Being a father is the most rewarding experience in my whole life, and, I dare say, the reason why I still exist. I am immensely proud over all my kids, but I have to admit that it is an extra joy watching him do such a good job with the kit. He is so much better than I was at his age..  :wub:
Praise the Lord and pass the ammunition!

Rick Lowe

Well Done, Son-of-Son-of-Pell!  :thumbsup:
And well done Dad, for your example to your offspring!

Also shows you can bring an old kit up to a good standard.

Old Wombat

Has a life outside of What-If & wishes it would stop interfering!

"The purpose of all War is Peace" - St. Augustine

veritas ad mortus veritas est


That is EXACTLY the sort of backstory I was hoping for.   Family Pellson triumph again!!

There isn't a "proud parent" emoji available, but there are plenty of people here who would use it if it existed.
"If you can keep your head when all about you
Are losing theirs and blaming it on you....."
It  means that you read  the instruction sheet


Quote from: Rheged on May 01, 2021, 01:49:00 AM
That is EXACTLY the sort of backstory I was hoping for.   Family Pellson triumph again!!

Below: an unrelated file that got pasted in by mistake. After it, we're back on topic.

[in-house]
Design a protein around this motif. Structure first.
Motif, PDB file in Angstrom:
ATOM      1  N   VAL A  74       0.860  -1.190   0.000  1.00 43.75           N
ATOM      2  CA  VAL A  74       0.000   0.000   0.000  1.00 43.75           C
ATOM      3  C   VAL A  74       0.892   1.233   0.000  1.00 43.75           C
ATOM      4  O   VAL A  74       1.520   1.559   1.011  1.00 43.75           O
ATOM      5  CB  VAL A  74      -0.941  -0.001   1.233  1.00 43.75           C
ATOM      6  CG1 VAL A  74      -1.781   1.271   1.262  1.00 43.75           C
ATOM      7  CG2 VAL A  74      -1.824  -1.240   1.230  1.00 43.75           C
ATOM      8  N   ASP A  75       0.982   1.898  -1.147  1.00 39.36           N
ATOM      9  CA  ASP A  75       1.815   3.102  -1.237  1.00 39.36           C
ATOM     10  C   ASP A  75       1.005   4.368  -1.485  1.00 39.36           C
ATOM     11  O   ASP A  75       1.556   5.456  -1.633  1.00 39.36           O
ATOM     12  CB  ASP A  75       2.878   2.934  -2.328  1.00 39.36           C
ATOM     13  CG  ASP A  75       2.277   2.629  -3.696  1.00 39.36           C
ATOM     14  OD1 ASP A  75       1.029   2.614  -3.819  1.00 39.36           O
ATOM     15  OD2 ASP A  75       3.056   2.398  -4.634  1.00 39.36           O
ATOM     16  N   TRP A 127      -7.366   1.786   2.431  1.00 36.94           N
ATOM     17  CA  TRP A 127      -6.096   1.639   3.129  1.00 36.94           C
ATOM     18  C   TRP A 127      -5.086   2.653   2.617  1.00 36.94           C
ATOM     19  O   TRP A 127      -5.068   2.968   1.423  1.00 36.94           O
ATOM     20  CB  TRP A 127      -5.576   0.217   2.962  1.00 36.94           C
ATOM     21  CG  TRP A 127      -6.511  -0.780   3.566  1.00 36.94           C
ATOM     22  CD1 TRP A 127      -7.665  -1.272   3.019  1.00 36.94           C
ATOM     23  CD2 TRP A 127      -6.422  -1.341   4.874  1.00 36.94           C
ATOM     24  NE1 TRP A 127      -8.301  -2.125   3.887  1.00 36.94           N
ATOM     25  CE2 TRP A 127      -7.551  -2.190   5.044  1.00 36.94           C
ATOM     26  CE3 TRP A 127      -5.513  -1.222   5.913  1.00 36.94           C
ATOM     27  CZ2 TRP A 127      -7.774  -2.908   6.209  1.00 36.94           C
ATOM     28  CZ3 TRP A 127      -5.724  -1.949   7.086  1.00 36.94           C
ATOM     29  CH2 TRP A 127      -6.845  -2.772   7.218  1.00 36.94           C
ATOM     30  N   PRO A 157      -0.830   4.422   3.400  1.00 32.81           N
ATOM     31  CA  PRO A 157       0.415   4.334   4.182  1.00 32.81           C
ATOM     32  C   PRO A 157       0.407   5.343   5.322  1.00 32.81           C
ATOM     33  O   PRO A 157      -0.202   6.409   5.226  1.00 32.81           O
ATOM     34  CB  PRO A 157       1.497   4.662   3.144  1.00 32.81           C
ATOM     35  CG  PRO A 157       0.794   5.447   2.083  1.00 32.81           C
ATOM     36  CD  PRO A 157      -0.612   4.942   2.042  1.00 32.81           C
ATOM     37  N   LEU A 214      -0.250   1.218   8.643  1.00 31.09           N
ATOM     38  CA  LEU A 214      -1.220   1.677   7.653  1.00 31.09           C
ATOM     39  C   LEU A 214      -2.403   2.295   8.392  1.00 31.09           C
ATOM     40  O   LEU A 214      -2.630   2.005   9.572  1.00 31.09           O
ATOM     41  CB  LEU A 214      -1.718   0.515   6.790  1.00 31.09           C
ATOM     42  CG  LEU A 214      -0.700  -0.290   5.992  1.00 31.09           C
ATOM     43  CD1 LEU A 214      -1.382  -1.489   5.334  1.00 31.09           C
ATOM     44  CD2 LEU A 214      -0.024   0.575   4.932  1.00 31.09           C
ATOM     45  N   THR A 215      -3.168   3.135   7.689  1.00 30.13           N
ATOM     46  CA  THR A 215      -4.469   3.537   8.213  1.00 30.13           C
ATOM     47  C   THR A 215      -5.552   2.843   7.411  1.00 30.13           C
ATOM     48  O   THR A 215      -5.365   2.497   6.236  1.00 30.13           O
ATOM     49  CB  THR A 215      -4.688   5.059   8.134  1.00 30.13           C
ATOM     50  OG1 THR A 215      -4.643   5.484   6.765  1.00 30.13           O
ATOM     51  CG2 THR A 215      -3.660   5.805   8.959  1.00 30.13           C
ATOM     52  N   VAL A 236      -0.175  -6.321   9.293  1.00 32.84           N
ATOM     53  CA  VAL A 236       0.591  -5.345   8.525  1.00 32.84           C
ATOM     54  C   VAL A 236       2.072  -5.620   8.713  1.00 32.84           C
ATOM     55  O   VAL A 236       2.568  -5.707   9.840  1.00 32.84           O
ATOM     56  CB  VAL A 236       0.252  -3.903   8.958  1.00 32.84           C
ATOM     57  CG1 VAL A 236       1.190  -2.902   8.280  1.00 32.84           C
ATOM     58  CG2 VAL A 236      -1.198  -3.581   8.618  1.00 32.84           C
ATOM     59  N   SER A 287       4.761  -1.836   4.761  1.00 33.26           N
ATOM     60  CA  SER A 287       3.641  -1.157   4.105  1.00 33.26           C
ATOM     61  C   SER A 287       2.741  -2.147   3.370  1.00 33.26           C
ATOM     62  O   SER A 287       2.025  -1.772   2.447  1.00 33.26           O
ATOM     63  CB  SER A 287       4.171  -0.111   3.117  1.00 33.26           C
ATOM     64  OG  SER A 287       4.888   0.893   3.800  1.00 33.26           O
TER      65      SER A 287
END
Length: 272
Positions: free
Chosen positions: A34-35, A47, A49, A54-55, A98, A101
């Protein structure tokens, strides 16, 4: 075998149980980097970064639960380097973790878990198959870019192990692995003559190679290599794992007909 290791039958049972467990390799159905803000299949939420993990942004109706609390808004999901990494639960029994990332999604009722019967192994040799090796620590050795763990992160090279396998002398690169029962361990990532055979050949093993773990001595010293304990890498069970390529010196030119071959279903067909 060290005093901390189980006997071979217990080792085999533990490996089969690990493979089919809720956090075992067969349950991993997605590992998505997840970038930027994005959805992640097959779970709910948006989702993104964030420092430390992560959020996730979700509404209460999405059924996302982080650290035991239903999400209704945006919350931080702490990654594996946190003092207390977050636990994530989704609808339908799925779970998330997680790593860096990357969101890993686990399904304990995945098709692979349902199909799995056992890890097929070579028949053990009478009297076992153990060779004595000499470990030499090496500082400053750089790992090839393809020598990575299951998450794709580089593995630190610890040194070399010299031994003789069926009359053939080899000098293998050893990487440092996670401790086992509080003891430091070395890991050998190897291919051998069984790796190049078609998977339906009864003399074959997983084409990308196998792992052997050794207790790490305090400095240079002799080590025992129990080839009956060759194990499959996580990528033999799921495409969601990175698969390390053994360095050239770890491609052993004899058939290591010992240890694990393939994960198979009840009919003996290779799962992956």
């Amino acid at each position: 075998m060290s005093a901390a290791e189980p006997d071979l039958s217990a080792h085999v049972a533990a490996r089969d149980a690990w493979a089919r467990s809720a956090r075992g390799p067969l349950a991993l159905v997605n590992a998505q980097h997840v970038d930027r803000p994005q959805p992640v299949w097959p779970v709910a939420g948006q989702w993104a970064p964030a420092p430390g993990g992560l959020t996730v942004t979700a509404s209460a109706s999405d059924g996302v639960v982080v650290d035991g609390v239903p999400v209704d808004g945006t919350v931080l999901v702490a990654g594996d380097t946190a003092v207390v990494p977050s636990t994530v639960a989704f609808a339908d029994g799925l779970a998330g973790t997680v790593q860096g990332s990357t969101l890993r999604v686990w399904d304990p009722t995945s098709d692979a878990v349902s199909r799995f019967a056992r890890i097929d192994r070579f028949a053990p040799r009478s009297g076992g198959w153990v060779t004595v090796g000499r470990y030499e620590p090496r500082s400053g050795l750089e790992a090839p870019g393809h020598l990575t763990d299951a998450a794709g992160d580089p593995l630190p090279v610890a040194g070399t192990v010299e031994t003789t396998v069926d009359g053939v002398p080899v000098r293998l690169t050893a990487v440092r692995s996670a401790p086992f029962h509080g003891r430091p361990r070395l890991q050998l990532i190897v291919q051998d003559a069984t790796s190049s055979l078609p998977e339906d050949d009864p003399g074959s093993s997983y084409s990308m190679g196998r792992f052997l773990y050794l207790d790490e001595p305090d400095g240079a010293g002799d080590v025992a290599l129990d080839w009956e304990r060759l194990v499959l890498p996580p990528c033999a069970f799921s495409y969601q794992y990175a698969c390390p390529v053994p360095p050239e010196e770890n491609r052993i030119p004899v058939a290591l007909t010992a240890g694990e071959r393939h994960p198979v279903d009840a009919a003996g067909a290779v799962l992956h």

There isn't a "proud parent" emoji available, but there are plenty of people here who would use it if it existed.

Well, you started something in my mind, and an annoying side effect of my current condition is uneven sleep, so I made good use of otherwise wasted time..  ;)

Yup, the kids are the meaning of my life, as I suspect it is for most parents. That won't keep me from bragging about mine whenever given a chance anyway..  ;D
Praise the Lord and pass the ammunition!


That's nice.  He's done a good job.


- Can't be bothered to do the proper research and get it right.

Another ill conceived, lazily thought out, crudely executed and badly painted piece of half arsed what-if modelling muppetry from zenrat industries.

zenrat industries:  We're everywhere...for your convenience..


He's done a terrific job there  :thumbsup:

When I was a similar age modelling was a dangerous pastime. If the smelly/stringy glue didn't make me and my  dad conk out (overcome by fumes) we got attacked by mum for getting glue and paint everywhere  :angel:
Decals my @r$e!


The dogs philosophy on life.
If you cant eat it hump it or fight it,
Pee on it and walk away!!